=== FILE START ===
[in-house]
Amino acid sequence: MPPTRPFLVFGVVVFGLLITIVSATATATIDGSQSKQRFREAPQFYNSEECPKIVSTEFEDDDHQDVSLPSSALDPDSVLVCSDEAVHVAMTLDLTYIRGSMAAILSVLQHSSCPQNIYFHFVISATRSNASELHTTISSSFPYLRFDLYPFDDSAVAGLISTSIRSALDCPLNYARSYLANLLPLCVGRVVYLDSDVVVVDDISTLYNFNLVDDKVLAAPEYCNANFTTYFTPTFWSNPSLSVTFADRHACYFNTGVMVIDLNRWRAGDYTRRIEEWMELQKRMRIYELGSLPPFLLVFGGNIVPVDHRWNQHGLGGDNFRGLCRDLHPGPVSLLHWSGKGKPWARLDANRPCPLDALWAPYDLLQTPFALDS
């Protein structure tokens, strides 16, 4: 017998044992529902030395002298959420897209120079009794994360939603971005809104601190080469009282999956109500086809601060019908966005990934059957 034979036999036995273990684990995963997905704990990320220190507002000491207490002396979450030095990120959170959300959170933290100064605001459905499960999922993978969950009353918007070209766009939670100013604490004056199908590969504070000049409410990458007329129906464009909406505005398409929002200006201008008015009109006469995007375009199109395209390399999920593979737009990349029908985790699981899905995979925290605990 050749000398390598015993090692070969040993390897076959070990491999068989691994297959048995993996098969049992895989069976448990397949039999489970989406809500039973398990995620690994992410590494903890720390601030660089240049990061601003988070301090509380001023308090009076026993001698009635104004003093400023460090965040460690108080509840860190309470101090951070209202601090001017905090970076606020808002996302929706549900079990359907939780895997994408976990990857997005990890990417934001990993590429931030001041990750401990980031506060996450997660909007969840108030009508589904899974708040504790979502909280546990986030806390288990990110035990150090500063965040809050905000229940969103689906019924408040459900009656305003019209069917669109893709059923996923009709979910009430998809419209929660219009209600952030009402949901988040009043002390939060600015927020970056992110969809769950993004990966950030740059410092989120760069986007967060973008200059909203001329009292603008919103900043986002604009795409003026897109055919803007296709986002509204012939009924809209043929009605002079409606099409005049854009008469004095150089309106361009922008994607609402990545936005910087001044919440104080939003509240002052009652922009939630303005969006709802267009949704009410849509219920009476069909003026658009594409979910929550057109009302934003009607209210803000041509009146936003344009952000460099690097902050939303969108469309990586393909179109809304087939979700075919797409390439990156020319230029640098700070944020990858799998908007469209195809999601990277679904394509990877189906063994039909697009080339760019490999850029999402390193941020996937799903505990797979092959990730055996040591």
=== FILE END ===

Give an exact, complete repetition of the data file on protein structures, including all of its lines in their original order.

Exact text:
[in-house]
Amino acid sequence: MPPTRPFLVFGVVVFGLLITIVSATATATIDGSQSKQRFREAPQFYNSEECPKIVSTEFEDDDHQDVSLPSSALDPDSVLVCSDEAVHVAMTLDLTYIRGSMAAILSVLQHSSCPQNIYFHFVISATRSNASELHTTISSSFPYLRFDLYPFDDSAVAGLISTSIRSALDCPLNYARSYLANLLPLCVGRVVYLDSDVVVVDDISTLYNFNLVDDKVLAAPEYCNANFTTYFTPTFWSNPSLSVTFADRHACYFNTGVMVIDLNRWRAGDYTRRIEEWMELQKRMRIYELGSLPPFLLVFGGNIVPVDHRWNQHGLGGDNFRGLCRDLHPGPVSLLHWSGKGKPWARLDANRPCPLDALWAPYDLLQTPFALDS
């Protein structure tokens, strides 16, 4: 017998044992529902030395002298959420897209120079009794994360939603971005809104601190080469009282999956109500086809601060019908966005990934059957 034979036999036995273990684990995963997905704990990320220190507002000491207490002396979450030095990120959170959300959170933290100064605001459905499960999922993978969950009353918007070209766009939670100013604490004056199908590969504070000049409410990458007329129906464009909406505005398409929002200006201008008015009109006469995007375009199109395209390399999920593979737009990349029908985790699981899905995979925290605990 050749000398390598015993090692070969040993390897076959070990491999068989691994297959048995993996098969049992895989069976448990397949039999489970989406809500039973398990995620690994992410590494903890720390601030660089240049990061601003988070301090509380001023308090009076026993001698009635104004003093400023460090965040460690108080509840860190309470101090951070209202601090001017905090970076606020808002996302929706549900079990359907939780895997994408976990990857997005990890990417934001990993590429931030001041990750401990980031506060996450997660909007969840108030009508589904899974708040504790979502909280546990986030806390288990990110035990150090500063965040809050905000229940969103689906019924408040459900009656305003019209069917669109893709059923996923009709979910009430998809419209929660219009209600952030009402949901988040009043002390939060600015927020970056992110969809769950993004990966950030740059410092989120760069986007967060973008200059909203001329009292603008919103900043986002604009795409003026897109055919803007296709986002509204012939009924809209043929009605002079409606099409005049854009008469004095150089309106361009922008994607609402990545936005910087001044919440104080939003509240002052009652922009939630303005969006709802267009949704009410849509219920009476069909003026658009594409979910929550057109009302934003009607209210803000041509009146936003344009952000460099690097902050939303969108469309990586393909179109809304087939979700075919797409390439990156020319230029640098700070944020990858799998908007469209195809999601990277679904394509990877189906063994039909697009080339760019490999850029999402390193941020996937799903505990797979092959990730055996040591």